The COVID-19 pandemic saw vaccine research, development, and distribution at an unprecedented speed. Vaccines are essential for fortifying our immune systems against viruses and diseases. Understanding how vaccines are created today can help you make informed decisions about your health in the future and prepare for the next pandemic.

Types of Vaccines

All vaccines contain an antigen, a component of the virus you’re trying to fortify against. These antigens trigger the immune response. Not all vaccines are designed the same; modern vaccine design includes genetic components and requires high-quality manufacturing services such as buffer management, reliable laboratory equipment, aliquoting services, rapid and efficient distribution, and much more.

Attenuated Vaccines

Before using genetics in vaccine design, many vaccines were created using an attenuated form of the virus that was weakened to the point where it will still trigger an immune response without replicating within the human body. These viruses are attenuated by being passed through animal cells and being slightly altered with each pass through until it is too weak to replicate in human cells properly. Live attenuated vaccines run the risk of the weakened virus reverting to a replicable form and infecting the patient. Killed or inactive vaccines use a dormant pathogen that is killed using heat or chemicals but is still physically intact and can be used to trigger an immune response to the pathogen without any risk of that pathogen reverting to a replicable form. Inactive vaccines tend to have shorter protection than live vaccines, requiring regular booster shots. Toxoids are similar to inactive vaccines but are used to protect against diseases caused by toxins produced b bacteria. These vaccines are often considered inactive but different because they hold stagnant toxins rather than a dormant virus.

Subunit and Conjugate Vaccines

Subunit vaccines are created using only a part of the pathogen to trigger an immune response. These vaccines use only specific proteins within the pathogen to act as the antigen in the vaccine. These vaccines can also be built using genetic engineering. The genetic code for a vaccine protein is placed into another virus to reproduce and create infected cells, which metabolize and produce the vaccine protein. The result is called a recombinant vaccine. Conjugate vaccines, on the other hand, are similar but created using two components of the virus, the inactive piece of the virus and the coat of the bacteria, which is linked to the carrier protein. Combining these pieces typically creates a more robust immune response than subunit vaccines.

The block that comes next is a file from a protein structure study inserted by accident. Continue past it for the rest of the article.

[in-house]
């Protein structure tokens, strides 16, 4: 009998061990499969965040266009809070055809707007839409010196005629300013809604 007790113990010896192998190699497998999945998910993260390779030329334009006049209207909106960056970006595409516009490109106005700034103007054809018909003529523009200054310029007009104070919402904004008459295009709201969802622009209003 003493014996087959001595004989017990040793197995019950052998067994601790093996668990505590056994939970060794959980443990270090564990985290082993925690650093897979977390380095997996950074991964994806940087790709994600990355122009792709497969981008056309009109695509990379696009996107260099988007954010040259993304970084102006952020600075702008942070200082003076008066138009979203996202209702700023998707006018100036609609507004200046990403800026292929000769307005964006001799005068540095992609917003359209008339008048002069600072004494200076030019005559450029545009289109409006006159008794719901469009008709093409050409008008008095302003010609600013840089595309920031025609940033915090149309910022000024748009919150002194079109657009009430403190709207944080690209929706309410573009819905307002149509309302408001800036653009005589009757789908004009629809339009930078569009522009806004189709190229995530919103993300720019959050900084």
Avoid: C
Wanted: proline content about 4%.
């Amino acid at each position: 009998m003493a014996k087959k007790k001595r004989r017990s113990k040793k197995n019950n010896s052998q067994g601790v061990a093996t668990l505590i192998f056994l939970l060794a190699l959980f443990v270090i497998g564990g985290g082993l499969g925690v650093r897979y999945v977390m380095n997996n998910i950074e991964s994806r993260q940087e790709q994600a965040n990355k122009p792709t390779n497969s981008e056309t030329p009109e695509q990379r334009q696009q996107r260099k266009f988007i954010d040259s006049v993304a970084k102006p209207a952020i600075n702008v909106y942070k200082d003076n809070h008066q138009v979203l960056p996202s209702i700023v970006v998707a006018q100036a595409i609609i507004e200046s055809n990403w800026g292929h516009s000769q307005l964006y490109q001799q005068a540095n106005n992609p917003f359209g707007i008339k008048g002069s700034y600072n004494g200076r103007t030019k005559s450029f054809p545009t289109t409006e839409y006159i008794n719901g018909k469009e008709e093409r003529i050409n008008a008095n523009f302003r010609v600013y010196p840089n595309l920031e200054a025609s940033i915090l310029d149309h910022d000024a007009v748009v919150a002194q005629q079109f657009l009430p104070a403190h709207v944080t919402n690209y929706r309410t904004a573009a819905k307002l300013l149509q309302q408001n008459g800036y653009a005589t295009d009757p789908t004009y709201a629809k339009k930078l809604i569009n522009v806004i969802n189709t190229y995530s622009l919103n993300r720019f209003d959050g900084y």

mRNA Vaccines

Two of the most successful COVID vaccines in the US were made using the mRNA vaccine design method. mRNA vaccines were first designed in the 1990s using genetic engineering. mRNA or messenger RNA is the strand in DNA that holds the blueprints for protein creation. Scientists can insert this mRNA into a vaccine where the body’s immune system will uncover the ‘blueprints’ for those anti-viral proteins, triggering an immune response that produces those proteins and creates antibodies, and activates specialized cells that kill any coronaviruses bearing similar proteins structures.

Development and Distribution

Operation Warp Speed in the US pushed the rapid production of COVID vaccines at an unprecedented rate. Typically, vaccine production takes many years to complete. Still, due to the quick spread and urgent nature of the COVID-19 pandemic, we have seen researchers forced to conduct multiple stages of development simultaneously. Developers are using artificial intelligence programs to help them identify certain genetic compounds and design their mRNA vaccines. Research and development are only a part of the process of protecting you. Once vaccines are developed and deemed safe for use, manufacturing, and distribution must be considered to reach everyone who needs a vaccine.

Understanding the basics of vaccine development can help you make informed decisions about your health in the years to come. COVID-19 was not our last pandemic, be prepared to fortify your immune system with vaccines in the future by understanding the science behind their development.

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